Connection bracket 132 is preferably U-shaped and has an enlarged upper wall 144 which is sufficiently sized as to bridge the notch NT in shell 22 and can either be curved to correspond with the curvature of the shell or not curved since the notch is relatively small 2.0 inches or less in circumferential or length. Connection bracket 132 features fastener reception hole for receiving fastener FT (e.g. a screw designed to connect with an underlying component of the assembly or a clamp combination with underside of an adjacent shell flange). enlarged upper wall 144 extends into front and back three prong arm sections 146 and 148. Each three prong set defines two intermediate slots spaced apart by a middle prong in the set. As seen from FIGS. 4A and 5A, for example, heater element 134 has a pair of generally horizontal leads that extend from the above noted electrical contact prongs positioned within the control housing and which are further supported by strengthening plate 142. Each of the resistance lead portions form one half of upper section 136 in its extension out from mounting bracket 132.
 FIGS. 4A and 5A thus illustrate a first embodiment of heater element 134 having an upper section 136 that features resistance element segments 150, 152 that extend into prongs (not shown) within housing 126 and into electrical communication with the interior control elements (internal controls know per se and thus also not shown). The interior control elements establish a desired heating level based on controlling the output from the electric outlet energy source to the illustrated resistance heater unit 134 in accordance with the setting established by temperature control dial or temperature control setting means 128. Thus, one of segments 150, 152 is an electrical output line segment and the other an electrical input line segment for the continuous resistant heater element 134. Segment 150 is of a radial length suitable to clear the upper rim of both the cooking pot 42 and shell 22 and leads into a first (151) of two smooth concave (opens down) interface segments 151 and 153. Concave heater element segment 151 (which is bisected by a vertical plane) extends down into a first vertical segment 154 of the pair of more vertical segments 154, 156 which together form more vertical intermediate heater section 138. As noted above, segments 154 and 156 are more vertical than segments 150, 152 and they extend down from the level of the respective more horizontal segments 150 and 152 for preferably at least 90% of the overall pot 42 height. Segments 154 and 156 are also shown to extend in parallel fashion down from their upper smooth convex curve interface 151, and 153 with the inner pot ends of segments 150, 152. Also any length values for the horizontal and vertical sections are defined on the basis of inclusion of any interface section that extends from an intermediate point of bending along the interface section into the section whose length is being referenced.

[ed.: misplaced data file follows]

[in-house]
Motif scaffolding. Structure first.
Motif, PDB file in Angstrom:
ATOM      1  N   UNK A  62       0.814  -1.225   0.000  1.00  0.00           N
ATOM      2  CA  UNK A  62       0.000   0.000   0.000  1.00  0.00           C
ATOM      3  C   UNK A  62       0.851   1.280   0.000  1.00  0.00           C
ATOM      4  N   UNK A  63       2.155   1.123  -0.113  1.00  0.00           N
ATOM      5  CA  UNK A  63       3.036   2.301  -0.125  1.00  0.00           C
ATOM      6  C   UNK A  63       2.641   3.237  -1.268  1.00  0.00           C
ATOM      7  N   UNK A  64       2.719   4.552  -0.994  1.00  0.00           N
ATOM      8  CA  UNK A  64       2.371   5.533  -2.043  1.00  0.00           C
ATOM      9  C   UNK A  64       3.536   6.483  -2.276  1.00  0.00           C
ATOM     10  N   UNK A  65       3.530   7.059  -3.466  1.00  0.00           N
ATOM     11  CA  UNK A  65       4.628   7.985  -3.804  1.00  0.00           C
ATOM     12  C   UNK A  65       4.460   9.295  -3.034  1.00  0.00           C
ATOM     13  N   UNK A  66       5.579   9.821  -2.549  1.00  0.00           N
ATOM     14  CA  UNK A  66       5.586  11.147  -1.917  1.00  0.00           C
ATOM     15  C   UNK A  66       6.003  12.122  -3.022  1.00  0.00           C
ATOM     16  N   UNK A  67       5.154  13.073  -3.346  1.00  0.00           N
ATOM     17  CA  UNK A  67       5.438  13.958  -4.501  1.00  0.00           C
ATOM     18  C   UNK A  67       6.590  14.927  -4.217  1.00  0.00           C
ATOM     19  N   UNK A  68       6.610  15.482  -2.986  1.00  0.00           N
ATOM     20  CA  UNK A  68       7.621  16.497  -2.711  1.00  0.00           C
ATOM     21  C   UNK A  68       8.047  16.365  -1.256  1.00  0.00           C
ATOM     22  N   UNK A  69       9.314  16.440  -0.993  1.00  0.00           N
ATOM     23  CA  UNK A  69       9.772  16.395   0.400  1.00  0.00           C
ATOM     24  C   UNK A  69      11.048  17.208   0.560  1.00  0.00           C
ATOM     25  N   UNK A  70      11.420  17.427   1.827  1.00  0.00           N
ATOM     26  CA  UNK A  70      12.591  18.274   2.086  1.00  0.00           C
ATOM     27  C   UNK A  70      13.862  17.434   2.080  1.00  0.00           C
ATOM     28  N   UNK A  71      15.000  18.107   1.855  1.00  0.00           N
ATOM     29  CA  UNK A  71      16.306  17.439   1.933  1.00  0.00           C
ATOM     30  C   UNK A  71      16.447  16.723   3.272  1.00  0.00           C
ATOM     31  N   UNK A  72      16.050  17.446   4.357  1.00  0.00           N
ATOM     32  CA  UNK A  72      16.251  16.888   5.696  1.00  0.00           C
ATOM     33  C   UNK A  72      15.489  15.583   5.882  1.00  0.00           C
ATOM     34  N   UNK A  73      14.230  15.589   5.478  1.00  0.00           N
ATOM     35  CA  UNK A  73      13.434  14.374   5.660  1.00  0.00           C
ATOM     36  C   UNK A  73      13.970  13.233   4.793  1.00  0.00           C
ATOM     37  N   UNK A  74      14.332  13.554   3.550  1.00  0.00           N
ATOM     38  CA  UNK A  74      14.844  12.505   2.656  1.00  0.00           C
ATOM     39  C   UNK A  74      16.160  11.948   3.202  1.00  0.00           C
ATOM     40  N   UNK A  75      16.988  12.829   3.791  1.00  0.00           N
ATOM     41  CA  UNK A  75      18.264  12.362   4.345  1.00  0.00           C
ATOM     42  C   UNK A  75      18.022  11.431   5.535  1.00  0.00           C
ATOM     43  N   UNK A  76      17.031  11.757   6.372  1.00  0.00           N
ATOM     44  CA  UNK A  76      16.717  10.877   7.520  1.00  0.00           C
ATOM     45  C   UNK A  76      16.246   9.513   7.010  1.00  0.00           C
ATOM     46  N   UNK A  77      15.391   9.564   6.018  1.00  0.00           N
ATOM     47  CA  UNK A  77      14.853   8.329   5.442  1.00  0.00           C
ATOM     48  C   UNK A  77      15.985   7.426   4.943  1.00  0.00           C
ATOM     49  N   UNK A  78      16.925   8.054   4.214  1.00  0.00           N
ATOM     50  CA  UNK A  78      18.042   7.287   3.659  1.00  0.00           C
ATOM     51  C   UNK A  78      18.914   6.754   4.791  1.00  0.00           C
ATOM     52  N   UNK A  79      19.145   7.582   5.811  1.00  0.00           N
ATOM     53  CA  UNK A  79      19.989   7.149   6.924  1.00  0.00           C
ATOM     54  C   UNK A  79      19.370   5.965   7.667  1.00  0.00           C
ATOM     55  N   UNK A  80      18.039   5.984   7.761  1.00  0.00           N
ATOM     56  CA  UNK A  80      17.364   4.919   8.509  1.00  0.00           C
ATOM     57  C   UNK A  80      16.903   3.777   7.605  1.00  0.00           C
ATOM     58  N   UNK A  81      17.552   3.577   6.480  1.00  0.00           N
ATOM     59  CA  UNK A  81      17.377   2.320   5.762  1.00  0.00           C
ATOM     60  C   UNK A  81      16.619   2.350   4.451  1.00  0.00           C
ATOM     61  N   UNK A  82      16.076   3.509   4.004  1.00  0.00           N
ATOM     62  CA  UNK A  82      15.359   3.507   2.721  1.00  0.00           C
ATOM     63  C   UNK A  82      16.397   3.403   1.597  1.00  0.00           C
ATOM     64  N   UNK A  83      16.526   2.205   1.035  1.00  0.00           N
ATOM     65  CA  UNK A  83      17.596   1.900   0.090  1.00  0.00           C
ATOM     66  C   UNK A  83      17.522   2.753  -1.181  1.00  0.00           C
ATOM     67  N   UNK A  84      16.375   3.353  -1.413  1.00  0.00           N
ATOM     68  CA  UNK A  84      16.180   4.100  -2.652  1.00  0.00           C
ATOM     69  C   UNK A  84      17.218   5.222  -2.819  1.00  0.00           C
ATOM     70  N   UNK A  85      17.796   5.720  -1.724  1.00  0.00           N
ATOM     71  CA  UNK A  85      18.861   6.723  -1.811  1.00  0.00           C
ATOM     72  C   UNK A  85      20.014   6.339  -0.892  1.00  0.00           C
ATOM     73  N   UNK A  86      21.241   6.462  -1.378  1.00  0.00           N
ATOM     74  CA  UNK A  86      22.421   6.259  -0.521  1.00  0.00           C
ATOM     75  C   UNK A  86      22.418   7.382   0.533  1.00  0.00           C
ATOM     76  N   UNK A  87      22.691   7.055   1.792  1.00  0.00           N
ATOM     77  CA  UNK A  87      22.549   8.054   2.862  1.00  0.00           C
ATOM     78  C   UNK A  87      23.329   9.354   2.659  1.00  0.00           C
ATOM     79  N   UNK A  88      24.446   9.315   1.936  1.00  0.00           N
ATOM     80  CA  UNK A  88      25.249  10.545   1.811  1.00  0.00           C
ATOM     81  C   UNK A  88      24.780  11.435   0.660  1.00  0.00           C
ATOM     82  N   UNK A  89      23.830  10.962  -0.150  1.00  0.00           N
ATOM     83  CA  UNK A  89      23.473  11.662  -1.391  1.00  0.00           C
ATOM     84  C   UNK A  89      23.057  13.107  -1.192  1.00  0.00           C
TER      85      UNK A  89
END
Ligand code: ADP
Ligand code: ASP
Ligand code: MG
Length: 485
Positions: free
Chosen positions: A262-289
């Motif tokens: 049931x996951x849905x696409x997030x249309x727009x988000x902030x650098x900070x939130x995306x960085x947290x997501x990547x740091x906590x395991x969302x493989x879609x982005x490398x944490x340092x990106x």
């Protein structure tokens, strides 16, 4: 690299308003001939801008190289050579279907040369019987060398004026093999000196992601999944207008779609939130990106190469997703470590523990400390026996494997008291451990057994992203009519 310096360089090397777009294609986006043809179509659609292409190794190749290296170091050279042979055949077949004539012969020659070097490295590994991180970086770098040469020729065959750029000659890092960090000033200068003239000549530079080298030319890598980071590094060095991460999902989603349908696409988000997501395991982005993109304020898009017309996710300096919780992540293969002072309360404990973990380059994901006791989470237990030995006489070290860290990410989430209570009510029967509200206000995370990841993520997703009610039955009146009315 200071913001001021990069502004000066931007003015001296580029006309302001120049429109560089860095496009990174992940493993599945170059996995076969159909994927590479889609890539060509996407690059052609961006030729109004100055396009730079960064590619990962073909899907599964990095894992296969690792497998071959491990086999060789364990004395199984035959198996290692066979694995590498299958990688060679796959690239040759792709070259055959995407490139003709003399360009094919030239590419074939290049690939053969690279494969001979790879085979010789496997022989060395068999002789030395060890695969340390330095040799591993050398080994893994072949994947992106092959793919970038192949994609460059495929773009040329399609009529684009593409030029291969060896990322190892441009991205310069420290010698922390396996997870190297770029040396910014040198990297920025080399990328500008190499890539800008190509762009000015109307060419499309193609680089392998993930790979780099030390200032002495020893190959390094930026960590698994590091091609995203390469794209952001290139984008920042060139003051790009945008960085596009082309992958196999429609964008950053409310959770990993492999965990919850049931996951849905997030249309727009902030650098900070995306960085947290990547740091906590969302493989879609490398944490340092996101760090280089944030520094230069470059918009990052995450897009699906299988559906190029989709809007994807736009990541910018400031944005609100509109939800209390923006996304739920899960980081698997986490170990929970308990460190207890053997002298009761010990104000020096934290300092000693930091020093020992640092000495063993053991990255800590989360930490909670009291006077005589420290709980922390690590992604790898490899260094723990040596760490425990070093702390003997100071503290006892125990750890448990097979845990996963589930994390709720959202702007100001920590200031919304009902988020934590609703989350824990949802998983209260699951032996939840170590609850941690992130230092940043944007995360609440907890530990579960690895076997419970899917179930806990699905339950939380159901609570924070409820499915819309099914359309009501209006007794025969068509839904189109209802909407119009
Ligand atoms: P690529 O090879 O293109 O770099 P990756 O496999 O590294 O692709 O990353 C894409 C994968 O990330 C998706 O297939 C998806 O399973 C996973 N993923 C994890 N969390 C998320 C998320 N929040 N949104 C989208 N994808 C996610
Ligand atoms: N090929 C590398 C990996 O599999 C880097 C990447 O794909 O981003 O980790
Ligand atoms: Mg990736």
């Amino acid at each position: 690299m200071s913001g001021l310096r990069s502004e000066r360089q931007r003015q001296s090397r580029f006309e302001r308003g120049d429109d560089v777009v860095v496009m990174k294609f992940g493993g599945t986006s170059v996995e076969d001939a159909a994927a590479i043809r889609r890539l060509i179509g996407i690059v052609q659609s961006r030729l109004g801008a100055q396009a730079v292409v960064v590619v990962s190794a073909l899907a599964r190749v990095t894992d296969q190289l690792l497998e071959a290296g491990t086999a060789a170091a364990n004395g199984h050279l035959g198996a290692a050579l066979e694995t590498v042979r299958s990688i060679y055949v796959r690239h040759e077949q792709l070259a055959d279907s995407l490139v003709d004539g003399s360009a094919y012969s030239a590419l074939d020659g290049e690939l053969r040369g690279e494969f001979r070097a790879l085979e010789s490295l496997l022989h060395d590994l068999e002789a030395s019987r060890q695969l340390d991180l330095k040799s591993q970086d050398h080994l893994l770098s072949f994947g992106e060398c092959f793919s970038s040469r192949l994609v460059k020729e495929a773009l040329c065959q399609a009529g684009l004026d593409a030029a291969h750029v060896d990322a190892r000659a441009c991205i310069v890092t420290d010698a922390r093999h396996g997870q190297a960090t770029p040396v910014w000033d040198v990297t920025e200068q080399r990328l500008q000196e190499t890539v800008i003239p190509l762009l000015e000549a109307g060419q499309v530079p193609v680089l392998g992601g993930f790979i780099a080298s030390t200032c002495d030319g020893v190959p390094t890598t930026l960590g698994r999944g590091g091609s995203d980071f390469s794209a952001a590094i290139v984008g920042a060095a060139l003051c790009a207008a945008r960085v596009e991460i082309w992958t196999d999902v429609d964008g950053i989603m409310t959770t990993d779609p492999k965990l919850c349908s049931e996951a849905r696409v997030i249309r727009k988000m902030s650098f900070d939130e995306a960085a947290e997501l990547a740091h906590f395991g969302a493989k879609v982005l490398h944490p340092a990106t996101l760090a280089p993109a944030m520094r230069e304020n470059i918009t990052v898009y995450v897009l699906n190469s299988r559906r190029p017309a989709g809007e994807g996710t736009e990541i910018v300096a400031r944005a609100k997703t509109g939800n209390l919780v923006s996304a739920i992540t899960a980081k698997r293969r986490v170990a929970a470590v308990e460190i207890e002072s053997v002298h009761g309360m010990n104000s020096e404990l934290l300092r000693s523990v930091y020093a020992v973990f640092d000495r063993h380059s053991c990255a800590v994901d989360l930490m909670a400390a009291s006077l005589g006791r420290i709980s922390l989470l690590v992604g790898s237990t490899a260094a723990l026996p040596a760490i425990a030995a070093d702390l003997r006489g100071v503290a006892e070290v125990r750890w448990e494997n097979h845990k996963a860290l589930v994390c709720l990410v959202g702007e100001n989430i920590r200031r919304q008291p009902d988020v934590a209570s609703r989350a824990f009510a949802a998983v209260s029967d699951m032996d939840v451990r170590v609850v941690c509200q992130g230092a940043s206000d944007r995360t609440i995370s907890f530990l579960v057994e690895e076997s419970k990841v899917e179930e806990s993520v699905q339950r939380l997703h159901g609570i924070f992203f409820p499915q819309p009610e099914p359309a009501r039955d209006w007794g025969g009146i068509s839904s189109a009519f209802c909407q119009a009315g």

The lower end of intermediate section 138 (i.e., the lower ends of the vertical segments 154 and 156) interfaces with bottom section 140 by way of a double curve combination on each side with the first curved interface section in each combination including a convex (opens upward and is bisected by the same vertical plane bisecting the corresponding upper curved interface) intermediate section (155 and 157) and a second curved interface section (159 and 161) in each combination includes a generally horizontal curved section (bisected by a horizontal plane) opening radially outward such that the immediately adjacent respective portions of the bottom section extend outward from the intermediate section to initiate a curvature that corresponds to some degree to the curvature (or peripheral extension) of the cooking pot in which the bottom section is received and suspended above the cooking pots lower surface 138.